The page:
Top advisers say President Obama is poised to draw some lines in the sand over the size and shape of legislation to remake the nation's health-care system. Previously the President has not taken firm positions on specific elements of a broad health-care bill. That could change Wednesday evening when Obama addresses the nation on health care reform.
"People will leave today's speech knowing where he stands," White House press secretary Robert Gibbs said. "If it takes doing whatever to get health care done, the President is ready, willing and able to go do that."
Administration officials continued to hold out hope that bipartisan talks in the Senate may provide a road map for the direction the President will take. Finance Committee Chairman Max Baucus, D-Mont., set a deadline of Tuesday for the "Gang of Six" to move on a bill. Baucus intends to propose a bill based on the Finance Committee's work over the past two months. That work focuses on consumer-owned insurance cooperatives and would cost about 10% less than other bills that have already passed committee.
American Farm Bureau Federation Health Policy Specialist Pat Wolff says Congress is certainly not starting from where it left off at the end of July, as August produced record turnouts at Town Hall meetings with Americans telling their lawmakers what they think about health care.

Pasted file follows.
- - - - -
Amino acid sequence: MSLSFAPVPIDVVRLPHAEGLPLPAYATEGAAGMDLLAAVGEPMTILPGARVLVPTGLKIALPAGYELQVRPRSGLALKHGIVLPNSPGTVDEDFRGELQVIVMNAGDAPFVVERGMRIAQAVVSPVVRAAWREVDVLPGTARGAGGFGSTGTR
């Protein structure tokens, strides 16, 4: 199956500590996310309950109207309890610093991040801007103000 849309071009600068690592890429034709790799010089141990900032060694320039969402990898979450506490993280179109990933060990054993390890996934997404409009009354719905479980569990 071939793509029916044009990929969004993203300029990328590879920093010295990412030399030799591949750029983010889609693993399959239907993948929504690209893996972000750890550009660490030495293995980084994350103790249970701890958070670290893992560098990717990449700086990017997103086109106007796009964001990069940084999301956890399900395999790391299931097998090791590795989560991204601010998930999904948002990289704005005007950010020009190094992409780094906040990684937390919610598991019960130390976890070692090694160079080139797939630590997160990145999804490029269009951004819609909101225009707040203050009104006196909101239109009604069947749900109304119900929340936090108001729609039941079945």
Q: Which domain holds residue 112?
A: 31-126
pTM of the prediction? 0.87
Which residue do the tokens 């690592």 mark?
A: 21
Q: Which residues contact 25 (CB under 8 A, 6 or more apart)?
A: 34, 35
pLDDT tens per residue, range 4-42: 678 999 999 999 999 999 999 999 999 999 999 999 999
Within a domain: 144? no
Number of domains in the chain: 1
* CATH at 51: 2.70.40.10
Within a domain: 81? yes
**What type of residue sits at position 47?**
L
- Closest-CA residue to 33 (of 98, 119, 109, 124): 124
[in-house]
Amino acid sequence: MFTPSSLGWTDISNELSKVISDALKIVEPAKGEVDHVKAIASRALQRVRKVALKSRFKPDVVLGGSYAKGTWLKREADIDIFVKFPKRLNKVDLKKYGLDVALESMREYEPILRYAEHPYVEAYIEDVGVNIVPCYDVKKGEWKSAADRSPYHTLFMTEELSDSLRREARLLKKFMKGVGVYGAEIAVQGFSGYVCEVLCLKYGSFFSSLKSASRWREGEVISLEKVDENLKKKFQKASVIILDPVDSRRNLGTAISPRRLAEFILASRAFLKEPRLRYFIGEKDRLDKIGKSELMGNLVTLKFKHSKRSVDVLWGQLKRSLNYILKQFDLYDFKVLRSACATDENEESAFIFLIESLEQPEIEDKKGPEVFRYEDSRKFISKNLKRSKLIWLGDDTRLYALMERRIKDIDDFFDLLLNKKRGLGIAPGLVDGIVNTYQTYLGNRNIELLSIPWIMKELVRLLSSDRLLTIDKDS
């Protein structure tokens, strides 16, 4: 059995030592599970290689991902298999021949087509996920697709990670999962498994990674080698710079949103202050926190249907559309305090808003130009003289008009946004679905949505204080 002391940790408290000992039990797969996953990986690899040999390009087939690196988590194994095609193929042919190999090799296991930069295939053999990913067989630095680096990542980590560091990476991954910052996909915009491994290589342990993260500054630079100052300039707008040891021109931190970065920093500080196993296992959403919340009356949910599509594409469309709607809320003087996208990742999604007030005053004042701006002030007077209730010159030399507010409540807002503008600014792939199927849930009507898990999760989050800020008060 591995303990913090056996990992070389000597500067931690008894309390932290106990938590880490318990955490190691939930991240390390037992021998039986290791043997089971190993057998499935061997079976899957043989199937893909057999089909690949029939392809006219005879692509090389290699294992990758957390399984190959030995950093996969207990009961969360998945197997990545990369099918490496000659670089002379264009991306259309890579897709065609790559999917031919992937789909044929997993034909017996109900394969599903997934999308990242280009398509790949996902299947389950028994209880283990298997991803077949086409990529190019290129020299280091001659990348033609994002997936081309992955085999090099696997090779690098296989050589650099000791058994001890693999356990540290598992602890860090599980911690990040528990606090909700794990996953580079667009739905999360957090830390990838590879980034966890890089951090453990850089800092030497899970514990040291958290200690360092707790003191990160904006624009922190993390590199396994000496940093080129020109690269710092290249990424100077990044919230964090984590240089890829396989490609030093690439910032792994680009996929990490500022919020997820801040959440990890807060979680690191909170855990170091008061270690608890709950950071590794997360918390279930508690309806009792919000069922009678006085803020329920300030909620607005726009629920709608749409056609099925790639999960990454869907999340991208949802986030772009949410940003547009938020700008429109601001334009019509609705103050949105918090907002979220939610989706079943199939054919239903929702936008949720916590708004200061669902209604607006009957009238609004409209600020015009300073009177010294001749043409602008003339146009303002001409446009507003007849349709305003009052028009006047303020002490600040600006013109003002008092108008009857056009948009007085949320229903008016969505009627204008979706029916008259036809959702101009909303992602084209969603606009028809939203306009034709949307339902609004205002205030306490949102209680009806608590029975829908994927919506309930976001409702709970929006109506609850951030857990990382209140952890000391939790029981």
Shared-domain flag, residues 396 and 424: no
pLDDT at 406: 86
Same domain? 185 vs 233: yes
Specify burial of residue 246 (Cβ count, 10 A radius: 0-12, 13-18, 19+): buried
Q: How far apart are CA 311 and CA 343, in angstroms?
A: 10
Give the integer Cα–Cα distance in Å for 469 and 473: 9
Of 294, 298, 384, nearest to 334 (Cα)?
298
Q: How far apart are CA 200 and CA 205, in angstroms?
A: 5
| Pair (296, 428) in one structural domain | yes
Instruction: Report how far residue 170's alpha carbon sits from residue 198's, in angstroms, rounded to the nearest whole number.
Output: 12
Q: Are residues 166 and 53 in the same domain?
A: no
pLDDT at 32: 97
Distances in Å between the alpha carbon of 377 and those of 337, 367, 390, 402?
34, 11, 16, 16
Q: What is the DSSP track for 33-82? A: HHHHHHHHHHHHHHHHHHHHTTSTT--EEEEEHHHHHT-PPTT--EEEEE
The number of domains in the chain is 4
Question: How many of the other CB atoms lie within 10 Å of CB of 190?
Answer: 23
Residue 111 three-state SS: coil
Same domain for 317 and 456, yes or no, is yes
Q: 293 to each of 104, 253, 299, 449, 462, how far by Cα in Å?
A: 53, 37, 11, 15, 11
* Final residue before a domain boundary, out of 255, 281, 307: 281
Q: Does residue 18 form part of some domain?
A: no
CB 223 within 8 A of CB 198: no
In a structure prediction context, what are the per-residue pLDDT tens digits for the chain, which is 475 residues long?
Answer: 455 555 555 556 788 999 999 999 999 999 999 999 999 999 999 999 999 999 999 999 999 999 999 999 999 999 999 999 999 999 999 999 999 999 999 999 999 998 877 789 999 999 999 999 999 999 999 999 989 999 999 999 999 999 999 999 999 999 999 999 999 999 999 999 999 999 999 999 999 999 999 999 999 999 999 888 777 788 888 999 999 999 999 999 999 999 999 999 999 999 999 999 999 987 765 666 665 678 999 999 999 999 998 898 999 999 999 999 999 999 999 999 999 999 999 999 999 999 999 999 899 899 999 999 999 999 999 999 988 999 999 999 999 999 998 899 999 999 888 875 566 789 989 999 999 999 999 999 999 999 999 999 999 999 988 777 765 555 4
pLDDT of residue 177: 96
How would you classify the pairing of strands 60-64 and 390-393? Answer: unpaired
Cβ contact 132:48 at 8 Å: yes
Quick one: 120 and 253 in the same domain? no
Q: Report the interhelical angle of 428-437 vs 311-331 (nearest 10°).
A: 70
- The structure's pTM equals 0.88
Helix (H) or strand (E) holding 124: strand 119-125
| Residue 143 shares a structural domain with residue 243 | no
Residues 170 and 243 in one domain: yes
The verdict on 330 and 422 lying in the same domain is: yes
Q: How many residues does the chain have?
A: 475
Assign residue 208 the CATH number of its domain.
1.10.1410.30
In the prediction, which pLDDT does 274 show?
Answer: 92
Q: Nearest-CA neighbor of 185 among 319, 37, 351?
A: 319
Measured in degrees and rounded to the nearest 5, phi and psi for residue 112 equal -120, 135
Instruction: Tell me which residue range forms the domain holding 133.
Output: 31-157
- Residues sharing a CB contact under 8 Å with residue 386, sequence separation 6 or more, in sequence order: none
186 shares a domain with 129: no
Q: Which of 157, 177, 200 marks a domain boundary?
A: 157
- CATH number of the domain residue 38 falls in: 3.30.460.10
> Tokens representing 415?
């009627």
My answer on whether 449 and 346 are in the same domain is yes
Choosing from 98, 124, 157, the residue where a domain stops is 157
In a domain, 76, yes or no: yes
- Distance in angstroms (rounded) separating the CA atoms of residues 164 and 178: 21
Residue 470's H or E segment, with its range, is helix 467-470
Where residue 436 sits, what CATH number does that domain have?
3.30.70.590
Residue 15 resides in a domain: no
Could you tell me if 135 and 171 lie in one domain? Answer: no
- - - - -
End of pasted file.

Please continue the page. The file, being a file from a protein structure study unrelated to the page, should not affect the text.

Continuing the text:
How Obama's proposal treats rural America will be a key point of interest during Wednesday's address Wolff says and Farm Bureau will be watching to see if farmers and ranchers, small rural businesses and others that have to buy their own insurance are helped or hurt by any plan that comes together in the days ahead.
"All of this talk is geared at creating more options for the self employed people," Wolff said. "But what makes it really scary is that nobody knows exactly how things will turn out.
But Wolff says so far conservative rural Democrats have had a huge impact on the debate, holding up a House bill so that the voice of rural America could be heard over the August break.